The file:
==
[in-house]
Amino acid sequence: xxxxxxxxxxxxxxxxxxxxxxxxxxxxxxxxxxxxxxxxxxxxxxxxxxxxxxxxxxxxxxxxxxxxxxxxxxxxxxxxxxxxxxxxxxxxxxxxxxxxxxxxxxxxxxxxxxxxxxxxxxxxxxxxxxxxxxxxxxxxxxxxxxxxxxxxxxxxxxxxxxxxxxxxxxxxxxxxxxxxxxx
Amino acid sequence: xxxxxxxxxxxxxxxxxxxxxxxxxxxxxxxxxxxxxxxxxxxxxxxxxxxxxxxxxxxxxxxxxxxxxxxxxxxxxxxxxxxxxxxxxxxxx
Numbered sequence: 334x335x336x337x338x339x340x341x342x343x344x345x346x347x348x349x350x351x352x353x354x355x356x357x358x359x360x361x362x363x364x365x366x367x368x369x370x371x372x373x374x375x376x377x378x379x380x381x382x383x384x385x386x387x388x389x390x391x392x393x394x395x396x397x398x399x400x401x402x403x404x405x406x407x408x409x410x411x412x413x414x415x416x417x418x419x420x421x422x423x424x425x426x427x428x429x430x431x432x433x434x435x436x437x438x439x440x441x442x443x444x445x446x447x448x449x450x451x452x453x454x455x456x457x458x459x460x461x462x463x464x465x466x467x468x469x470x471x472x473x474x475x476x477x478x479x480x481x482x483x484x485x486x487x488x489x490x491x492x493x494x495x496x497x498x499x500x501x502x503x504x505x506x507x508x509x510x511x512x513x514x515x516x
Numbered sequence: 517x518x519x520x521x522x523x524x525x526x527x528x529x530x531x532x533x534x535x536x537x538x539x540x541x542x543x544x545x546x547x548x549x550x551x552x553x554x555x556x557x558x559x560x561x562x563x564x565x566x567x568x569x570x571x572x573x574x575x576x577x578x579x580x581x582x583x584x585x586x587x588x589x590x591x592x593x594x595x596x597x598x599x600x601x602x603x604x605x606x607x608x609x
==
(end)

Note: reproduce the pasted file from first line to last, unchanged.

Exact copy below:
[in-house]
Amino acid sequence: xxxxxxxxxxxxxxxxxxxxxxxxxxxxxxxxxxxxxxxxxxxxxxxxxxxxxxxxxxxxxxxxxxxxxxxxxxxxxxxxxxxxxxxxxxxxxxxxxxxxxxxxxxxxxxxxxxxxxxxxxxxxxxxxxxxxxxxxxxxxxxxxxxxxxxxxxxxxxxxxxxxxxxxxxxxxxxxxxxxxxxx
Amino acid sequence: xxxxxxxxxxxxxxxxxxxxxxxxxxxxxxxxxxxxxxxxxxxxxxxxxxxxxxxxxxxxxxxxxxxxxxxxxxxxxxxxxxxxxxxxxxxxx
Numbered sequence: 334x335x336x337x338x339x340x341x342x343x344x345x346x347x348x349x350x351x352x353x354x355x356x357x358x359x360x361x362x363x364x365x366x367x368x369x370x371x372x373x374x375x376x377x378x379x380x381x382x383x384x385x386x387x388x389x390x391x392x393x394x395x396x397x398x399x400x401x402x403x404x405x406x407x408x409x410x411x412x413x414x415x416x417x418x419x420x421x422x423x424x425x426x427x428x429x430x431x432x433x434x435x436x437x438x439x440x441x442x443x444x445x446x447x448x449x450x451x452x453x454x455x456x457x458x459x460x461x462x463x464x465x466x467x468x469x470x471x472x473x474x475x476x477x478x479x480x481x482x483x484x485x486x487x488x489x490x491x492x493x494x495x496x497x498x499x500x501x502x503x504x505x506x507x508x509x510x511x512x513x514x515x516x
Numbered sequence: 517x518x519x520x521x522x523x524x525x526x527x528x529x530x531x532x533x534x535x536x537x538x539x540x541x542x543x544x545x546x547x548x549x550x551x552x553x554x555x556x557x558x559x560x561x562x563x564x565x566x567x568x569x570x571x572x573x574x575x576x577x578x579x580x581x582x583x584x585x586x587x588x589x590x591x592x593x594x595x596x597x598x599x600x601x602x603x604x605x606x607x608x609x